SASL Newsletter - Summer 2018 Issue Issue 10 - Summer 2018 - Page 4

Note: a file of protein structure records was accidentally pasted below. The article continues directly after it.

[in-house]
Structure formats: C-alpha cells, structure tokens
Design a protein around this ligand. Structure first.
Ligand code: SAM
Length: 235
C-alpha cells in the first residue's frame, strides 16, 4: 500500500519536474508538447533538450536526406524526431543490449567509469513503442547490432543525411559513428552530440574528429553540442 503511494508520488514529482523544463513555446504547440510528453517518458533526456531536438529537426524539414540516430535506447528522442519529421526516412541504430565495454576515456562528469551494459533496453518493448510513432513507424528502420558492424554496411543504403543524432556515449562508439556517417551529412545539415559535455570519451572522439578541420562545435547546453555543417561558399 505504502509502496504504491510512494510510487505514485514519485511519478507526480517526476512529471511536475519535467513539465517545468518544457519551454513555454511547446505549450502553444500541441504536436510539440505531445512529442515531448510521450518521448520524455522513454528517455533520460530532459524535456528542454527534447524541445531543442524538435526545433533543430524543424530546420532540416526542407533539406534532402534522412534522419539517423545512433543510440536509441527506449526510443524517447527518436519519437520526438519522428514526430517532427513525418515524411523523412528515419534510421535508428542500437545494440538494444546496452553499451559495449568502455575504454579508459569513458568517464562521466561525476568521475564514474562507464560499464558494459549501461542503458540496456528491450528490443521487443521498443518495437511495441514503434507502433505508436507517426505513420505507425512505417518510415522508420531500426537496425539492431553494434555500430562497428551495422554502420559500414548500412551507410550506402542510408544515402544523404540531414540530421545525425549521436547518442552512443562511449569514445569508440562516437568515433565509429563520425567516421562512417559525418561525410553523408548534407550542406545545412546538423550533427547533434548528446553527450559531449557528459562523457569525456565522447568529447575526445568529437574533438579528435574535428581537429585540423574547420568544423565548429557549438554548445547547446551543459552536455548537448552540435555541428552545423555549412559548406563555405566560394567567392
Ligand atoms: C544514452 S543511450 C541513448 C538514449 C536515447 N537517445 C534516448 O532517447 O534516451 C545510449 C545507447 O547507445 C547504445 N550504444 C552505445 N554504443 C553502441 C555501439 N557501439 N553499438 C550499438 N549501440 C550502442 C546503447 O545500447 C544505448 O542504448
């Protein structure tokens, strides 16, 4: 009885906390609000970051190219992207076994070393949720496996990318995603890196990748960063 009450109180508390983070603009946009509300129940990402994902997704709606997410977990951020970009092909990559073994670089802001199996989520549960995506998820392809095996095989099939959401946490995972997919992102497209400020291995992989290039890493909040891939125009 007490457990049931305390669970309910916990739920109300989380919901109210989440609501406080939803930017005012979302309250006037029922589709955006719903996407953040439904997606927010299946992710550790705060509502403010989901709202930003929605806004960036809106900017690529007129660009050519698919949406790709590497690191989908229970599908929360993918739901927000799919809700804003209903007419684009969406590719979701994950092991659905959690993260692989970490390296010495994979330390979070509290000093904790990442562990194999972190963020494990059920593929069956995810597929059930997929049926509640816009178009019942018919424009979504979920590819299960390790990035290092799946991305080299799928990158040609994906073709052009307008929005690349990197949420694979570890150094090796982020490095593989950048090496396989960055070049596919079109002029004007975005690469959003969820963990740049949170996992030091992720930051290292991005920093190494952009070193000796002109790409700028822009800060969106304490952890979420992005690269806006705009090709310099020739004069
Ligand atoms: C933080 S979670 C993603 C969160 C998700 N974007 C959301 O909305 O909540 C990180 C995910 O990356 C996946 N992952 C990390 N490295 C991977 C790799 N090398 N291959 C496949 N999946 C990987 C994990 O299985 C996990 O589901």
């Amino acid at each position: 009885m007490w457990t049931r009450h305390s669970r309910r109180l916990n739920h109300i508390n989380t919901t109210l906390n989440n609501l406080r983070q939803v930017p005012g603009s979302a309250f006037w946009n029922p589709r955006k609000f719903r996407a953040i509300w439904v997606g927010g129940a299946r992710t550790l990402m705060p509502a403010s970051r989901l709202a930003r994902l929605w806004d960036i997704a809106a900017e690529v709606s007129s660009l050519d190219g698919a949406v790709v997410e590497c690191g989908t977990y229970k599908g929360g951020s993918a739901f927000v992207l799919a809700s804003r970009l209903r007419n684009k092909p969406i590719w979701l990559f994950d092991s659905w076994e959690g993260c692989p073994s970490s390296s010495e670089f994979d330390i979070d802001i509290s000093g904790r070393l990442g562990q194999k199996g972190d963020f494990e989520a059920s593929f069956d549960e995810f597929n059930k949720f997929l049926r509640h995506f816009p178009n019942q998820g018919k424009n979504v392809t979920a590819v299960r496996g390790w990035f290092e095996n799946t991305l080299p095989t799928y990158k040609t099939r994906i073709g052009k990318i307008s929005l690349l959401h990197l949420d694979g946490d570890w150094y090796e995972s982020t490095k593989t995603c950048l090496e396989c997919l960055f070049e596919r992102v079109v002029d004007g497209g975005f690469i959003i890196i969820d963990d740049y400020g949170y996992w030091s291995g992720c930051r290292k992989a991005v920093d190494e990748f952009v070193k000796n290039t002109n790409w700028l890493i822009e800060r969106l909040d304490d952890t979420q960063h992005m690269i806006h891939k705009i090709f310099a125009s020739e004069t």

Please But: Simon Carmel (1981) The Train Crossing: Sharon Solow (1994, 2006) (Produced by Sign Enhancers) Please But: Stefanie Ellis-Gonzalez (2018) (Continue on the next page) Once again, the versions of Please But are similar in plot with some variations (see below for Ellis-Gonzalez's 2018 rendition). An English translation of the joke is below: One time a man, well a person, a Deaf person, was driving along and stopped at some train tracks because the crossing signal gates were down, but there was no train going by. So he waited for a long time for a train to go by, but nothing. The person decided then to get out of the car and walk to the control booth, where there was a man who controlled the railroad gates. He was sitting there talking on the phone. The Deaf man wrote in his very best way (elegantly) “Please b-u-t” and handed the paper to the controller. The controller looked back at the Deaf person quizzically. “Please but? Huh?” He didn’t understand that. (Rutherford, 1993, p. 16) “Courtesy of DawnSignPress, excerpted from the DawnSignPress Facebook page, March 7, 2018” The sign BUT in ASL appears to be similar to the lifting of the railroad gates, which would be expressed through a classifier construction. What the deaf driver tries to say is: “Please, open the gate and let me pass.” This joke makes fun of deaf people’s second language, English (Rutherford, 1993). This is a fine example of self-defeating humor. Regardless of how amusing the Don’t Sign with Your Hands Full and Please But jokes may be, they serve as a source for learning. For example, with the Please But joke, deaf people are reminded of the importance of knowing how to read and write in English. Written English is a far more reliable form of communication (in comparison to speaking or lipreading) for deaf individuals who so frequently experience encounters with non-signers. The fact that the deaf individual in the joke has trouble communicating and is not able to have the controller understand his request is sobering. (Continue on the next page) The Power of ASL 4 Summer 2018 – Issue 10